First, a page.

Talks over amending the current clean indoor air ordinance have gone up in smoke, officials and negotiators said.
After four negotiating sessions, the Juneau Clean Air Coalition and the Cabaret, Hotel and Restaurant Retailers could not agree over the issue of making all public places in Juneau smoke-free.
Mayor Bruce Botelho, who moderated the meetings, will update the Juneau Assembly Committee of the Whole on Monday about where the two sides left off in final negotiations, which ended Tuesday.
"Both sides worked hard to find common ground and couldn't bridge that gap," Botelho said Friday.
Botelho said he plans to present his view Monday night on the next step in the process.
JCAC Chairwoman Joan Cahill said the group's final negotiating offer was to have restaurant bars smoke-free by Jan. 2, 2005, and stand-alone bars smoke-free by April 1, 2007.
JCAC and CHARR have a different understanding of CHARR's final negotiation terms.
Triangle Club Owner Leeann Thomas said CHARR's final offer was that restaurant bars be smoke-free by Jan. 2, 2005, and a moratorium be placed on discussing a smoking ban in stand-alone bars until Jan. 2, 2010.
Cahill said she understood CHARR's final offer to make restaurant bars smoke-free by July 1, 2004, if JCAC agreed to a moratorium on discussing a smoking ban for stand-alone bars until 2007. JCAC would not agree to the moratorium.
Extending a smoking ban in stand-alone bars to 2007 was not JCAC's preference, but it wanted to be flexible and show a willingness to compromise, Cahill said.
"We felt we made a huge concession," Cahill said. "It was philosophically difficult for us to do, but we wanted to show the industry that we were sympathetic to their economic concerns."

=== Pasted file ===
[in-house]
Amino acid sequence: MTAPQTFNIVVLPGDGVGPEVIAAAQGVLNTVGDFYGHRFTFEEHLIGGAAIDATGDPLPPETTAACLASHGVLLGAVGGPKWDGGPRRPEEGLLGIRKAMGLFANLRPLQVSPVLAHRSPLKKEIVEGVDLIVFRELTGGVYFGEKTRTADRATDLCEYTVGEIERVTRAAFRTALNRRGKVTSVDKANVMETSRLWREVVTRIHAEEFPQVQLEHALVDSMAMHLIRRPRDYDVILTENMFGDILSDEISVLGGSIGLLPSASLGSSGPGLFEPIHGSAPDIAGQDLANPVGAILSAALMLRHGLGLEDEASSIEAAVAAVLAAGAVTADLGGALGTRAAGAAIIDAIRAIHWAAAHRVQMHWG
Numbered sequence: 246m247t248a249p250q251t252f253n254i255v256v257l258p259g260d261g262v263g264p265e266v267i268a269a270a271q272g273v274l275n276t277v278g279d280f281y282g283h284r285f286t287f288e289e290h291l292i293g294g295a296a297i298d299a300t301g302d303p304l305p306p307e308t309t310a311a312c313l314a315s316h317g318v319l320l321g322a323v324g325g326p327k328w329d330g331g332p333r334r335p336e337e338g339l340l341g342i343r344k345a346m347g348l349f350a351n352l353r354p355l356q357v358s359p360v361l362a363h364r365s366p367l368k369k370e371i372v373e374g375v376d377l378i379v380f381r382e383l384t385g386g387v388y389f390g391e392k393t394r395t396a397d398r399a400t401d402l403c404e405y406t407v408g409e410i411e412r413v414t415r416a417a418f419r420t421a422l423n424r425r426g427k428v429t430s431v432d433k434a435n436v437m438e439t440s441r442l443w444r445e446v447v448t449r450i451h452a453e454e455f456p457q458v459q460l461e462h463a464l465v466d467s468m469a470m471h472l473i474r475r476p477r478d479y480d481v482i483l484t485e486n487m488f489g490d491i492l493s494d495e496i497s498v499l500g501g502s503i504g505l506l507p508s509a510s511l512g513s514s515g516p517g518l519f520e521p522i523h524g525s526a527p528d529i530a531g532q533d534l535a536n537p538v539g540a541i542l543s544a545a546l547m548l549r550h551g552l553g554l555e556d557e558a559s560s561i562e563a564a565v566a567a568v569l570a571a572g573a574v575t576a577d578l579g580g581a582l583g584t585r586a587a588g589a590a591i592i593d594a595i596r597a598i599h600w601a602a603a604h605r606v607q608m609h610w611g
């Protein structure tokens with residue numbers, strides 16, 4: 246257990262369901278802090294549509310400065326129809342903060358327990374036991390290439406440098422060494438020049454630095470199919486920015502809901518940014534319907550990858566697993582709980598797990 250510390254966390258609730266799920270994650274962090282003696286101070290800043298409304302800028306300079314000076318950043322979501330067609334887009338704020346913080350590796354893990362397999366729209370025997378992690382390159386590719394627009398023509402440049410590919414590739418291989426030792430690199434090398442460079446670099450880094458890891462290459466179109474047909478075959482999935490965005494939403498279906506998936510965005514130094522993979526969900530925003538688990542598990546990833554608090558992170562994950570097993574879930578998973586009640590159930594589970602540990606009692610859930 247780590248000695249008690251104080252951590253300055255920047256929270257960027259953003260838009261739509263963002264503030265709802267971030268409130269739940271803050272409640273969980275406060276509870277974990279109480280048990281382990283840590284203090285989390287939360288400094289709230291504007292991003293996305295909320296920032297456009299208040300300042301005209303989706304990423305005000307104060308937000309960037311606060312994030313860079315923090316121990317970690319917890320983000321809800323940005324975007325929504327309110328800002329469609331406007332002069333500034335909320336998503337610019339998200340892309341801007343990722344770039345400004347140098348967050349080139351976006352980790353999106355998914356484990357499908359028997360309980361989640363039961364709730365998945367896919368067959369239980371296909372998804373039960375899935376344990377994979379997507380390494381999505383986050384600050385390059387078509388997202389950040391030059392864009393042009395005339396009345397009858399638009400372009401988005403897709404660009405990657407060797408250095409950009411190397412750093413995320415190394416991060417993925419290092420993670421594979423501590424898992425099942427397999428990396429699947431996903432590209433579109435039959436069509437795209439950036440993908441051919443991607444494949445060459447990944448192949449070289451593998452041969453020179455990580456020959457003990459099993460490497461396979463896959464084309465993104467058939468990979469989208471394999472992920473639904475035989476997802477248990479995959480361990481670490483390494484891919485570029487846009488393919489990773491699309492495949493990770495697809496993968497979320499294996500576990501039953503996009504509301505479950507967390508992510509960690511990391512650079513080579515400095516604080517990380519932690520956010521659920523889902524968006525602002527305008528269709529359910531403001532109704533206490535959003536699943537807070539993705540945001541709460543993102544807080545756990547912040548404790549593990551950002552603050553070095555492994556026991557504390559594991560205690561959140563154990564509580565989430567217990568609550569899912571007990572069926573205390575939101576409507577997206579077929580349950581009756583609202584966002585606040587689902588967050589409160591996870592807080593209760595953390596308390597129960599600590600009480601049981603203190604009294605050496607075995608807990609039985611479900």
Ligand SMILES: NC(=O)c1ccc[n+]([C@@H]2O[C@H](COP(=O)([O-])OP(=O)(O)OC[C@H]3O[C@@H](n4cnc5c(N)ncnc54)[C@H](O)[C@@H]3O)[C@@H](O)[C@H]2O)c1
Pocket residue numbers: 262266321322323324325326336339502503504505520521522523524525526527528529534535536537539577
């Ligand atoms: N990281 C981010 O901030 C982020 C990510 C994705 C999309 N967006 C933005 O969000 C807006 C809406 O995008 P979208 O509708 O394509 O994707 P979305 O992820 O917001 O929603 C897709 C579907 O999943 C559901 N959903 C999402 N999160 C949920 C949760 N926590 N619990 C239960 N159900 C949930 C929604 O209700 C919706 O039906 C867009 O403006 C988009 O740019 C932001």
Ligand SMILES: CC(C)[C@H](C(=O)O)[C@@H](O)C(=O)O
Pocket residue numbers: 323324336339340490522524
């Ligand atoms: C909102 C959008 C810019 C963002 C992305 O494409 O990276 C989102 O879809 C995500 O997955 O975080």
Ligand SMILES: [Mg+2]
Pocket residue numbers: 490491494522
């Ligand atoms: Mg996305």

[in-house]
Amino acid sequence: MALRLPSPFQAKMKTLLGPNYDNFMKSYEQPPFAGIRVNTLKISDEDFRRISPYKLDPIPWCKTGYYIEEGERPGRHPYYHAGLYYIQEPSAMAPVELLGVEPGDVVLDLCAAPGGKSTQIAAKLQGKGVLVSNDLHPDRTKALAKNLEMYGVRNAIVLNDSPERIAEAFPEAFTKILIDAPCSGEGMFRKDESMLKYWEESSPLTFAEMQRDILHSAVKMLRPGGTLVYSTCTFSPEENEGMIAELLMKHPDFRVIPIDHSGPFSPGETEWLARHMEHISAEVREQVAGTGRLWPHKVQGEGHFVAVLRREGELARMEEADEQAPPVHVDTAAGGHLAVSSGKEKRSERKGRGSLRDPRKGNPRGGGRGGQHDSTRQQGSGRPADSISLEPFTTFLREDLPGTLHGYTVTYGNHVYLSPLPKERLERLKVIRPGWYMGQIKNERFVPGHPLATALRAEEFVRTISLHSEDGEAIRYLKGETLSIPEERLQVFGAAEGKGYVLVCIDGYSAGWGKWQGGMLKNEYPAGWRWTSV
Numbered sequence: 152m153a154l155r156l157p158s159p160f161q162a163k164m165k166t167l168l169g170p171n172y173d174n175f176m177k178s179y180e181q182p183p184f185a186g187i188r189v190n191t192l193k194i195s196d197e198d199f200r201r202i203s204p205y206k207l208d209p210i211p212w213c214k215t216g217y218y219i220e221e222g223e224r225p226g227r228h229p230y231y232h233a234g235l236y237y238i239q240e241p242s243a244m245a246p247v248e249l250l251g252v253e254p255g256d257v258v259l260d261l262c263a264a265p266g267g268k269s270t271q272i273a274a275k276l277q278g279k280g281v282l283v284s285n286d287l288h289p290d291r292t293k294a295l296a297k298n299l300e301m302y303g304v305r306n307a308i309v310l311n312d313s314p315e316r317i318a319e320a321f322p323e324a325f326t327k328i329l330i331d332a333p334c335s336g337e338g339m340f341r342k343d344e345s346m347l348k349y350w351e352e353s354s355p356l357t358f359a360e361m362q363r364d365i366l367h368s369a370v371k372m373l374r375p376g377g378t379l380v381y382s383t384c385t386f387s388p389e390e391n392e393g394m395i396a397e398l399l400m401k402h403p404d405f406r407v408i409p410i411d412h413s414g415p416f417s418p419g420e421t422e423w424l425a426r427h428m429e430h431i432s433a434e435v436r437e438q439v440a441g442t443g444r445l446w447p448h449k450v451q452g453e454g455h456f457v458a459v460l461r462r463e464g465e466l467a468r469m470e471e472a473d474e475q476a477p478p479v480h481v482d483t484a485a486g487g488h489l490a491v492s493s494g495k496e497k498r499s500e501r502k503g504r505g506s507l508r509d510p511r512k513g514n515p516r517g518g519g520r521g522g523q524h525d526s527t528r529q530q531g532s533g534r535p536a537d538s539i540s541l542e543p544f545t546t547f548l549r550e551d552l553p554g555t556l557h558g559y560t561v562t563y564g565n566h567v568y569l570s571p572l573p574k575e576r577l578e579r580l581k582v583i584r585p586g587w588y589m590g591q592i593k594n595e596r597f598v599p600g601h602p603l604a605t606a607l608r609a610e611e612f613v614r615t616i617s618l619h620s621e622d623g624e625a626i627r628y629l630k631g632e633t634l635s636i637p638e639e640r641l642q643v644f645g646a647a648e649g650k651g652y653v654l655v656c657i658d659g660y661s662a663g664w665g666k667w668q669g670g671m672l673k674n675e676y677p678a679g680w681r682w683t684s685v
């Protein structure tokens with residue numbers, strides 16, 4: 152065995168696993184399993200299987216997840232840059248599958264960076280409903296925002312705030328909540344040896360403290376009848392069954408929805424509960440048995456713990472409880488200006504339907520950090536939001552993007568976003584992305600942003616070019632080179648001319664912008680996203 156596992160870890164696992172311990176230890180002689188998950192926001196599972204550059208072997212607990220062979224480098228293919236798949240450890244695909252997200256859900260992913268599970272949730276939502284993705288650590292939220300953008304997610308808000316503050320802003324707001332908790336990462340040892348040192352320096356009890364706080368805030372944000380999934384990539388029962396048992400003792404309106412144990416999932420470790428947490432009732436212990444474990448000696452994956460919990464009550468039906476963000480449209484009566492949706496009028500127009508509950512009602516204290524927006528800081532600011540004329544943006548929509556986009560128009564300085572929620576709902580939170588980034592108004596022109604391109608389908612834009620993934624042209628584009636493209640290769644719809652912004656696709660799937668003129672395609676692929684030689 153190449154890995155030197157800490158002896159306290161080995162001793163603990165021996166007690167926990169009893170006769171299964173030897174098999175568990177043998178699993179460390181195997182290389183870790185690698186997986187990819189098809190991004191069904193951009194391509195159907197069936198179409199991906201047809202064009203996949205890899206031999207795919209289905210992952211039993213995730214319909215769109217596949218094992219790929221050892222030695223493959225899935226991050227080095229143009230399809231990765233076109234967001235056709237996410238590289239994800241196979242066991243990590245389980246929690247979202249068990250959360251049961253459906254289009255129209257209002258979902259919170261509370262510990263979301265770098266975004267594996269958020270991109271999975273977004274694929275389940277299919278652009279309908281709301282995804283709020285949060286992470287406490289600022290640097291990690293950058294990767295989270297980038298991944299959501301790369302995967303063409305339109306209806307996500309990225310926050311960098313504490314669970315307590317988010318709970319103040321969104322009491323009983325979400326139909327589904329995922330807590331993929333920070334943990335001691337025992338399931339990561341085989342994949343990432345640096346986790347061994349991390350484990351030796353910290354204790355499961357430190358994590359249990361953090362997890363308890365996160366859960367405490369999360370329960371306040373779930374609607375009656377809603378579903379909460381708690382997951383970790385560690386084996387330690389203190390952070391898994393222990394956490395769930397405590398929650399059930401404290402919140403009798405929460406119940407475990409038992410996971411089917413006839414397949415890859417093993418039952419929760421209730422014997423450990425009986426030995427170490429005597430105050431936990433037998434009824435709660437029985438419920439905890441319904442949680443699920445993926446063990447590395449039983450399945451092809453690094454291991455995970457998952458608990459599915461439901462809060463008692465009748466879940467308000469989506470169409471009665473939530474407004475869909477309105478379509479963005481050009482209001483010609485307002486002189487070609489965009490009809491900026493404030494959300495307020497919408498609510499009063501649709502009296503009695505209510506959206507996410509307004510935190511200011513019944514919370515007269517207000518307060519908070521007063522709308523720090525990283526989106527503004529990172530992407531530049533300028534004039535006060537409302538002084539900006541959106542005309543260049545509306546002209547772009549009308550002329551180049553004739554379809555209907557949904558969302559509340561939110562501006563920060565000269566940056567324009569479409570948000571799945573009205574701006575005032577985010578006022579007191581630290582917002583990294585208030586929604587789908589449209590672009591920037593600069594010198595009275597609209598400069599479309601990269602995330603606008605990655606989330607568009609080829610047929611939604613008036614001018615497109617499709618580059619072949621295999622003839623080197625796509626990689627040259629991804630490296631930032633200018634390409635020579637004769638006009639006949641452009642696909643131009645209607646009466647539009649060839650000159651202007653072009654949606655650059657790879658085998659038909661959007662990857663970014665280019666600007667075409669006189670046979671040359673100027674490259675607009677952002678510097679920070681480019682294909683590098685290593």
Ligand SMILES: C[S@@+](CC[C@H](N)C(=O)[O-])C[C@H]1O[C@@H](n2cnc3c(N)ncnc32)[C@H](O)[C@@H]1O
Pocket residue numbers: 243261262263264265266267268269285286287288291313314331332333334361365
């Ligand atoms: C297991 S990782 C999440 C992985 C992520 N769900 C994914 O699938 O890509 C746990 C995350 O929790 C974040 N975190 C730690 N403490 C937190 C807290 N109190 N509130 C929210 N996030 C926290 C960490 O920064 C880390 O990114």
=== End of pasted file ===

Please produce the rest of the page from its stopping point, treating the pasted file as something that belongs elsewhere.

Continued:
In the end, CHARR's membership would not endorse a 2007 smoking ban, Thomas said. She declined to explain why, other than to say it was a vote of the membership.
She did say that JCAC has nothing to lose under the terms of any agreement, whereas bar owners could lose their livelihoods.
CHARR member and G.W. Teal co-owner Neil Atkinson said that setting a smoking ban date puts a bar owner at a financial disadvantage.
"Once you put a date in, it's something you're going to have to live with," Atkinson said.
If a bar owner, for example, wants to sell his business, a prospective buyer would have to tell a lender that he could lose about 20 percent of his income due to a smoking ban scheduled to take effect later, Atkinson said. That situation would put a prospective buyer at a disadvantage when trying to borrow money, he said.
Atkinson said he and his partner, Lyn Fiehler, recently lost a prospective buyer for their Mendenhall Valley bar because of the smoking ordinance issue. They charged JCAC with the task of buying their liquor license and running it smoke-free.
JCAC said it was not in the bar business and declined their offer.
"It's not a resolution to a public policy issue," Cahill said.
Cahill said JCAC will agree with any recommendation by the Assembly to make all public places smoke-free, but would prefer the change to happen by the end of 2005. The Assembly is divided over whether to pass an ordinance making all public places smoke-free or ask the public to vote on the issue during the October election. CHARR and JCAC oppose a ballot initiative.
The current clean indoor air ordinance allows smoking in some restaurant bars that were grandfathered under the law and all stand-alone bars. Botelho has been a proponent of making all public places smoke-free. He signed JCAC's petition prior to becoming mayor last October.
Tara Sidor can be reached at email@example.com.